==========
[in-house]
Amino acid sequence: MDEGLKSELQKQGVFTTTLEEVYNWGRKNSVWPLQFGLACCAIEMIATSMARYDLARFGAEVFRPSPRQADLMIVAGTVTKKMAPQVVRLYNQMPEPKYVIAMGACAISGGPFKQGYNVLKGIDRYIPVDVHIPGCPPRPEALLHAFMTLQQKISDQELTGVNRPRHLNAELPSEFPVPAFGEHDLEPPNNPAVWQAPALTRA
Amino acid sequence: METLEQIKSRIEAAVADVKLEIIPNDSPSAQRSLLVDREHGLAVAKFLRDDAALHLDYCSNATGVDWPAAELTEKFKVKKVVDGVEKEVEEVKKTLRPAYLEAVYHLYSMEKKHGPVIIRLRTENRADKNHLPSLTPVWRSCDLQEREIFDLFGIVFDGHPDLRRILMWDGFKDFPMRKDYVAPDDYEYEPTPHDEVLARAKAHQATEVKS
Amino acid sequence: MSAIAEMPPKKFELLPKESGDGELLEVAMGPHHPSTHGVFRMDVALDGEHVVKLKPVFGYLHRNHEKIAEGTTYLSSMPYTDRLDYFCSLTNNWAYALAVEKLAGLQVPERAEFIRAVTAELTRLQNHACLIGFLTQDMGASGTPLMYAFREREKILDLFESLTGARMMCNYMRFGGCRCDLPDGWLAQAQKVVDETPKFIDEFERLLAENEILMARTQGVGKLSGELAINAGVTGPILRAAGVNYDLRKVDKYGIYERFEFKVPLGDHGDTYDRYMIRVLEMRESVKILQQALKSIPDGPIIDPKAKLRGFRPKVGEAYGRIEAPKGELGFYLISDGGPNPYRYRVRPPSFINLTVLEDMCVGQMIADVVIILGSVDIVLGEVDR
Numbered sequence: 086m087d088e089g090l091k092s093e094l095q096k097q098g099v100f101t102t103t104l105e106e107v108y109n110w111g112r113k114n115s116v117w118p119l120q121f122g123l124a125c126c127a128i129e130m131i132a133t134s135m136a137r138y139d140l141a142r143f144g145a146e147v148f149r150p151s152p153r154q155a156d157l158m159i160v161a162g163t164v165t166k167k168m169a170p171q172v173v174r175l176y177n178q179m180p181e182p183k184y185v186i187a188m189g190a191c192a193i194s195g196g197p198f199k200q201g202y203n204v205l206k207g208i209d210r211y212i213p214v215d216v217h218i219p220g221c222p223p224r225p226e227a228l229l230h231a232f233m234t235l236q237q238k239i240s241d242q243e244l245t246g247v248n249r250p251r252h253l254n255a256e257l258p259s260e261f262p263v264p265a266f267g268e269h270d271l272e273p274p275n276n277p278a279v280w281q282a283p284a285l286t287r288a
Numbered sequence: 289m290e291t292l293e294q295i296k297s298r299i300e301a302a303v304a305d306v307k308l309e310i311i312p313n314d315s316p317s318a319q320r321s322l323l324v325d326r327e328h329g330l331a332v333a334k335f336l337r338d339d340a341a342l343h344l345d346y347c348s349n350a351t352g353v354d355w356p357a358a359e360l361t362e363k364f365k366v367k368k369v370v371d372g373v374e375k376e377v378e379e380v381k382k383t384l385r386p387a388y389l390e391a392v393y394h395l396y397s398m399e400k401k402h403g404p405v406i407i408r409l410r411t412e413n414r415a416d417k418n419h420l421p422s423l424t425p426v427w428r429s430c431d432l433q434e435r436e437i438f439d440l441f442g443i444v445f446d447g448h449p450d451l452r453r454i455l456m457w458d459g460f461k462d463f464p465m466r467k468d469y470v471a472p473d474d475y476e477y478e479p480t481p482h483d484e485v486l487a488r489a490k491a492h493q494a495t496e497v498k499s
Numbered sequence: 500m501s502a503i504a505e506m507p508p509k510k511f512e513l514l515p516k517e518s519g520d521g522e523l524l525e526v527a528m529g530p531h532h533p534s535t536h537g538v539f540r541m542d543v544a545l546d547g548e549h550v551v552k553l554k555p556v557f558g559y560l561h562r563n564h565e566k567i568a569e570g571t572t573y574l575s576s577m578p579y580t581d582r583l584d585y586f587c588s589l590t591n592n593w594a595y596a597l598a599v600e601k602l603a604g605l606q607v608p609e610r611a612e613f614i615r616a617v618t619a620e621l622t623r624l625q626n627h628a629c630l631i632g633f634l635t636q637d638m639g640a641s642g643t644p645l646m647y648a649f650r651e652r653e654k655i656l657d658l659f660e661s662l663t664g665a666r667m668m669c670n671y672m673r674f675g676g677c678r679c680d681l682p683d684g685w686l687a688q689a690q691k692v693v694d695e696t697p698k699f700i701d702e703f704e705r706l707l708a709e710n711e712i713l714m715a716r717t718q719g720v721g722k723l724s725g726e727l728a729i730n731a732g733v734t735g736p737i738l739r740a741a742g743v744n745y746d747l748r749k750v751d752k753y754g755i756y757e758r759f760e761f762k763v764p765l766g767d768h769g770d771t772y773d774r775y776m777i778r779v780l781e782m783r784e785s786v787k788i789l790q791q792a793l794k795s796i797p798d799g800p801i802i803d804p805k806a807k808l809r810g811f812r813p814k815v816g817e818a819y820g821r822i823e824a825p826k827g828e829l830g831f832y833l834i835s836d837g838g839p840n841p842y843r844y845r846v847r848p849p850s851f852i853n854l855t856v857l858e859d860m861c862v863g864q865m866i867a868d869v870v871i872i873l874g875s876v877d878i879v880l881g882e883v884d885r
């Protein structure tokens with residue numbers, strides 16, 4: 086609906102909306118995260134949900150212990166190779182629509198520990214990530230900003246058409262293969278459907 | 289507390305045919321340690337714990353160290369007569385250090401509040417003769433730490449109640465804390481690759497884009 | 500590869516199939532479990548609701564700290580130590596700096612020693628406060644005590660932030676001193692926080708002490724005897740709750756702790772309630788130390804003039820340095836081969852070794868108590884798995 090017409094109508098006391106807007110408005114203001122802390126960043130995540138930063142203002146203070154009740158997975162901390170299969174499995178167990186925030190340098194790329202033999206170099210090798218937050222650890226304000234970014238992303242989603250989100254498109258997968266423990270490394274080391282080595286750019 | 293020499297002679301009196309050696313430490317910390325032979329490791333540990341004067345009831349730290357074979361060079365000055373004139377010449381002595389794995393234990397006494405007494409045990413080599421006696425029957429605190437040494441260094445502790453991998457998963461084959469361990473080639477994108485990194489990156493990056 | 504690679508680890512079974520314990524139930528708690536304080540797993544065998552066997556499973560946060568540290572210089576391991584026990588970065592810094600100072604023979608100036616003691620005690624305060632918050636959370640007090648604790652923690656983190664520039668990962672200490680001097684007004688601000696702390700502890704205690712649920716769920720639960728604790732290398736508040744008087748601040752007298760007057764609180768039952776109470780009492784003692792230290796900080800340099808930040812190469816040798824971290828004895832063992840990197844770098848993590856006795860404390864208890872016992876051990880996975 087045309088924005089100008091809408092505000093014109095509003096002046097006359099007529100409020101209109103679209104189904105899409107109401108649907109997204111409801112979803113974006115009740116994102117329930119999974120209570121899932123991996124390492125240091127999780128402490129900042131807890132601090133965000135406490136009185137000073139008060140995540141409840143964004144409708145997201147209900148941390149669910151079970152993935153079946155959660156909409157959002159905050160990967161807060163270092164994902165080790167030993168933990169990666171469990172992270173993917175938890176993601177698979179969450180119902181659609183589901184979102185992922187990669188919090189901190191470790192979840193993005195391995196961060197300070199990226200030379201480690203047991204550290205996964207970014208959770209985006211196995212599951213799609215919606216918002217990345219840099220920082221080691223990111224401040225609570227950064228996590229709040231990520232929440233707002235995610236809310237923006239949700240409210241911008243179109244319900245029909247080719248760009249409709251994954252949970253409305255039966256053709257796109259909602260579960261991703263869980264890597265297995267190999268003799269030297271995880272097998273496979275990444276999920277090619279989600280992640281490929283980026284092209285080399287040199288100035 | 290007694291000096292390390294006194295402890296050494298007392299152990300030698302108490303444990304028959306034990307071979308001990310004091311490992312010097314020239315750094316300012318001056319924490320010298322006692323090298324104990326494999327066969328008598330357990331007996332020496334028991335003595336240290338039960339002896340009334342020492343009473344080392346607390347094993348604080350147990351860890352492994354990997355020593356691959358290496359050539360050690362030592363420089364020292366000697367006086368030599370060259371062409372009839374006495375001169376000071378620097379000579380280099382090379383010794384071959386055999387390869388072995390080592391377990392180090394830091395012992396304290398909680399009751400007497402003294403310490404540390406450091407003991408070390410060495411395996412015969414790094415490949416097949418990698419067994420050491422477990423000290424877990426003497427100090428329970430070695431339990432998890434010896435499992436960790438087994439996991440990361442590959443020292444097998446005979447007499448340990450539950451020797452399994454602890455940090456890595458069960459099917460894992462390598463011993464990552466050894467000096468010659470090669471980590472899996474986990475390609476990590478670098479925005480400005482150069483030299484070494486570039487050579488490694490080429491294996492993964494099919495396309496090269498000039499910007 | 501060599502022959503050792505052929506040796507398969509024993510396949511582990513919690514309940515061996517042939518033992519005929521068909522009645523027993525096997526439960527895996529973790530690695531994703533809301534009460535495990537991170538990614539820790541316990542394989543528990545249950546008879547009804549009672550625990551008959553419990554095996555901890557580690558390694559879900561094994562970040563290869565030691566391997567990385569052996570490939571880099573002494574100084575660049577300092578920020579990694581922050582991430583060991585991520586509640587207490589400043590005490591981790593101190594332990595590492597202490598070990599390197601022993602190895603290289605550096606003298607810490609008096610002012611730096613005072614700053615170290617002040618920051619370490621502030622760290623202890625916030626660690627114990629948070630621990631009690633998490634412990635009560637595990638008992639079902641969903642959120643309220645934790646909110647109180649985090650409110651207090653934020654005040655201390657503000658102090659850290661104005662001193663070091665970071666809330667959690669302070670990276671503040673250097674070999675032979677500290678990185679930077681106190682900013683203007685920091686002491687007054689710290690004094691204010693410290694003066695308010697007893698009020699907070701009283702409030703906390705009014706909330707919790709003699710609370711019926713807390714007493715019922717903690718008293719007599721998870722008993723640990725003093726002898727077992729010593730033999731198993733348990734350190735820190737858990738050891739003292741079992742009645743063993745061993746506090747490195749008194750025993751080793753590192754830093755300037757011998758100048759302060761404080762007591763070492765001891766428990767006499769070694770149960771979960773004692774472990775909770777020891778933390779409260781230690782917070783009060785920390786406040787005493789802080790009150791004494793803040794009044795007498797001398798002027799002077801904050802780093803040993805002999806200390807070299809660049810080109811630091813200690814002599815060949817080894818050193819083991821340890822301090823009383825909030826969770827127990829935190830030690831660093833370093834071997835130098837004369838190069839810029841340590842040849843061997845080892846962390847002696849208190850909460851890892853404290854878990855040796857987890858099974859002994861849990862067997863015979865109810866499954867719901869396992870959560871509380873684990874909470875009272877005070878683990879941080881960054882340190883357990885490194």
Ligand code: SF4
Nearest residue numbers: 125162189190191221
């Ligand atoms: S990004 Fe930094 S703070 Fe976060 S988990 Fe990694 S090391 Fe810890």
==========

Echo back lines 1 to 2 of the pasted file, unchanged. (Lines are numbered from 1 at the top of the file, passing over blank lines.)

[in-house]
Amino acid sequence: MDEGLKSELQKQGVFTTTLEEVYNWGRKNSVWPLQFGLACCAIEMIATSMARYDLARFGAEVFRPSPRQADLMIVAGTVTKKMAPQVVRLYNQMPEPKYVIAMGACAISGGPFKQGYNVLKGIDRYIPVDVHIPGCPPRPEALLHAFMTLQQKISDQELTGVNRPRHLNAELPSEFPVPAFGEHDLEPPNNPAVWQAPALTRA